Legal marijuana makes dopey riders

Only dopes ride high! marijuana

In the wake of several USA states legalising medical marijuana the American Motorcycle Safety Foundation has introduced a marijuana awareness kit to show the effects of the drug.

The MSF says marijuana “tends to distort perception of time, space, and speed” making it dangerous for riders, as well as illegal.

“This is especially true for motorcycle riders, who must continually make detailed assessments of complex traffic situations and make split-second decisions requiring precise rider input to navigate safely and maintain an adequate safety margin,” the organisation says.

They previously produced an alcohol awareness kit which includes “beer goggles” that replicate the effects of being drunk.

Only dopes ride high! marijuana
Beer goggles

The new kit includes “grass goggles”, but the MSF admits they cannot truly replicate the effects of a marijuana “high”.

“But the unique way in which it distorts perceptions causes some impairments,” they say.

“The participant then needs to attempt to compensate for these impairments to complete the kit’s activities. Because the impairments are in the same general areas of cognition and motor skills affected by marijuana, the participant can get a sense of the challenges a ‘high’ driver or motorcyclist would face when dealing with traffic situations.”

Only dopes ride high! marijuana
Off the road and on the grass!

The kit will be available in early 2016 at MSF’s online store ( for $595.

As of January 2016, 23 US states and the District of Columbia allow marijuana for medical use, and four states (Alaska, Colorado, Oregon, and Washington) plus DC allow it for recreational use by adults 21 and over. 

Although marijuana may be legal for medicinal or recreational use in some states, the MSF points out that it is still not legal, safe, or wise to operate a motorbike while high.

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  1. Medical marijuana and the stuff dope heads use are supposed to be two different things.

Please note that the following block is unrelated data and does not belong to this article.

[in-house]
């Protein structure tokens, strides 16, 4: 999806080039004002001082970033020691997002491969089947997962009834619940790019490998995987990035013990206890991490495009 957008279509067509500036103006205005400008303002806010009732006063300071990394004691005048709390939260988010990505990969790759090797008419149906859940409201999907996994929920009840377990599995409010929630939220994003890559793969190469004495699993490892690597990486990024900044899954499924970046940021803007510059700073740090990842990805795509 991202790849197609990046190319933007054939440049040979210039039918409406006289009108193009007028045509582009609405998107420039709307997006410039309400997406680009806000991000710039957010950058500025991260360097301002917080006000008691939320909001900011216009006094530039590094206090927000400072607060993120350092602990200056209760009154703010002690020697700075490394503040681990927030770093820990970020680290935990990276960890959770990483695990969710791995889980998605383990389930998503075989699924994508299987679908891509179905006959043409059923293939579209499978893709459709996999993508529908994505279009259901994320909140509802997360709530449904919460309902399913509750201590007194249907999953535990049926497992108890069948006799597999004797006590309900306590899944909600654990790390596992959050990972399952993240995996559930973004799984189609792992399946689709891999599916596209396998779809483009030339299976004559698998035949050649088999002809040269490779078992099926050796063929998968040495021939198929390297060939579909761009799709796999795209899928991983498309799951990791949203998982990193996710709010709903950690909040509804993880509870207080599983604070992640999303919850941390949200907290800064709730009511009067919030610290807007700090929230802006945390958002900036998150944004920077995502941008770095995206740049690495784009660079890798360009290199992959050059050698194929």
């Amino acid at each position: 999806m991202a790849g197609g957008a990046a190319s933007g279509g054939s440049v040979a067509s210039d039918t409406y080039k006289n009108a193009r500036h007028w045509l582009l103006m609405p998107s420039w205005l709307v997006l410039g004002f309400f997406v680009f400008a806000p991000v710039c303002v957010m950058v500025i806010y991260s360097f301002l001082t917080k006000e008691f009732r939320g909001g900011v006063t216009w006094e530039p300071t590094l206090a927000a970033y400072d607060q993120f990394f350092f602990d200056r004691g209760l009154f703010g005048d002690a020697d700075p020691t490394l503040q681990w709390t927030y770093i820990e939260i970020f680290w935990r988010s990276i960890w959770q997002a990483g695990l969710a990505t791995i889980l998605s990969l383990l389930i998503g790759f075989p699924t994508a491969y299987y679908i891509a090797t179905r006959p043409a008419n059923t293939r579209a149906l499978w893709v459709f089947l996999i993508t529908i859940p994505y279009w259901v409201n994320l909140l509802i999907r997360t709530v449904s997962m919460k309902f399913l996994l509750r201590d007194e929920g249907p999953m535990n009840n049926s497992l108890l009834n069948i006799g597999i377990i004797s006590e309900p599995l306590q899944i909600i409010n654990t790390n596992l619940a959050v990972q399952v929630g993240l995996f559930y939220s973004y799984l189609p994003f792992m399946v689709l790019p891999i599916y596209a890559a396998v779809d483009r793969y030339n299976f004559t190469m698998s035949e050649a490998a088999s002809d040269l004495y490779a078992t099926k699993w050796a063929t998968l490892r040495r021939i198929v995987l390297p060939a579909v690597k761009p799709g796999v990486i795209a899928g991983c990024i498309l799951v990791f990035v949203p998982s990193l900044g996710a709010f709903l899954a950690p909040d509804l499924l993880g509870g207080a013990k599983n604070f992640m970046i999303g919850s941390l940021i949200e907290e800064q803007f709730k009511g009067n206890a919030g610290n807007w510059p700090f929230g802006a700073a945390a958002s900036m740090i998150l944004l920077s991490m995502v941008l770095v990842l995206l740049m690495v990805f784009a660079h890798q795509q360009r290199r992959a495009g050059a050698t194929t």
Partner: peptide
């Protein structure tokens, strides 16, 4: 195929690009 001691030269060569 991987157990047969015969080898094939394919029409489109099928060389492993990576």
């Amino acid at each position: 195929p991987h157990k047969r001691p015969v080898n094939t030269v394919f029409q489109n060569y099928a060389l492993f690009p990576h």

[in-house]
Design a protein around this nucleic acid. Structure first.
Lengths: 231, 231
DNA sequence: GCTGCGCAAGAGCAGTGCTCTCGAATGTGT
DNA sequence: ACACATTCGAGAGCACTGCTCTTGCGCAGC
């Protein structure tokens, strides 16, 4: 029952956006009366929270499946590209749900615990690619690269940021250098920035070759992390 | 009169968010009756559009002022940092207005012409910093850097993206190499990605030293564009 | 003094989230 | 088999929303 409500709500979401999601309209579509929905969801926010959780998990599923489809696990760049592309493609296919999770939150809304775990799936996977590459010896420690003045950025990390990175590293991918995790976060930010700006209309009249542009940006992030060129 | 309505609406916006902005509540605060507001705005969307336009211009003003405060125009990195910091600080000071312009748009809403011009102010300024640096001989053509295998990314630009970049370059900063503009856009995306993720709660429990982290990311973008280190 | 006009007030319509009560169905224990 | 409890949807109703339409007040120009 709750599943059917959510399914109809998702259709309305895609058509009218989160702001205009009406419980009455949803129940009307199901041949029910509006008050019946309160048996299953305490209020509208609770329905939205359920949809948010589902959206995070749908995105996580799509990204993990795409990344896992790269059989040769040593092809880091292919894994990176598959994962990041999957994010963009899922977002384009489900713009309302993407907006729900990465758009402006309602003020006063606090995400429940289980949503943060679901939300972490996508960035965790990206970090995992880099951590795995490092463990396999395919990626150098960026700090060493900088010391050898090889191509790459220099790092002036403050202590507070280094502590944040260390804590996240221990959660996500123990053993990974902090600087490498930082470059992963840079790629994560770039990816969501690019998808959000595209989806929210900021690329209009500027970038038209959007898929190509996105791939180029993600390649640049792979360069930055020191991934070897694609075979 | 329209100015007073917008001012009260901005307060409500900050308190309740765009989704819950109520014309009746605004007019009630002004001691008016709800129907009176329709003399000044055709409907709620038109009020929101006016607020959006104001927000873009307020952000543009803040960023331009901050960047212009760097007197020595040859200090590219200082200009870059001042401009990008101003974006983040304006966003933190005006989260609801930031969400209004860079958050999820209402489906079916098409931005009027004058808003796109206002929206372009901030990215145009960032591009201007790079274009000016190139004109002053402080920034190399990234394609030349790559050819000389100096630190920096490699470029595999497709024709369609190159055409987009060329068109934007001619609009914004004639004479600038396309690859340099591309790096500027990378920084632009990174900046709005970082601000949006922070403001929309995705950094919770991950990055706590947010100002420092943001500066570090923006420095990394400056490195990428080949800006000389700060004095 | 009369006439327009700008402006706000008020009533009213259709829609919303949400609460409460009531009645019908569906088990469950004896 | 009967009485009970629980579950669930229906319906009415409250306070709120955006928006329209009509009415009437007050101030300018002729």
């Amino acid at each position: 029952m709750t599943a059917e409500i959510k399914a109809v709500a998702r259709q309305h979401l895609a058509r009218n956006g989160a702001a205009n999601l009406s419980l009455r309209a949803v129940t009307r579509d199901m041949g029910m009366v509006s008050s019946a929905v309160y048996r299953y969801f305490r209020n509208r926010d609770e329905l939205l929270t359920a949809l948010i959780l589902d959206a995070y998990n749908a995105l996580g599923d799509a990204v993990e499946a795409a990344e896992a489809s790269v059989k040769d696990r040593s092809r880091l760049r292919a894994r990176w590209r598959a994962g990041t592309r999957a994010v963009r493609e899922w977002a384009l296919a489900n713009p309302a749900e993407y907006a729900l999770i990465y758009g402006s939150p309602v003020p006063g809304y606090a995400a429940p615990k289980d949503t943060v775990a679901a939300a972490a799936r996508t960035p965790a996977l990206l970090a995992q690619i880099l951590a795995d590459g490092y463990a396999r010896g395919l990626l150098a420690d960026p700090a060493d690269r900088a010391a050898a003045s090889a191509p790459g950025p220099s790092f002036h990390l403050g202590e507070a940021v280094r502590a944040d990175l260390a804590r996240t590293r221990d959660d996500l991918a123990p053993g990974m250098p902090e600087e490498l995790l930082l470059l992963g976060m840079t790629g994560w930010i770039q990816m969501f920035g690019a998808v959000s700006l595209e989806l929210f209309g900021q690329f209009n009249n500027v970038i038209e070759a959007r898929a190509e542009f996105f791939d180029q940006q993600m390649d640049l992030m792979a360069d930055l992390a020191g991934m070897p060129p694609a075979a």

The way any drug affects a person with the illness it is proscribed for and a person taking it for recreational use are also very different. So if marijuana becomes legal in Australia I hope the powers that be realise that and base driving restrictions on level of impairment and not simply presents of thc in the blood.

    1. Al, you’re partially right.

      Young medical users are looking for pure cbd oil in the cannabis (lets use its proper name). The stuff given to kids is refined so no ‘high’ is achieved in the traditional sense. Rather a strong sedative pain killing sensation.

      However most medical users consume regular unrefined cannabis to great effect in pain relief and other ailments. The very same stuff some recreational users want. Some recreational users want more ThC fiving a cerebral high and less sedative.

      Genetics are bred for different attributes as the mixture of ThC and cbd in different strains offer different benefits.

      It has been a plant used for medicine and recreation for thousands of years after all.

      However I strongly agree impairment while driving is dangerous and shouldn’t be allowed.

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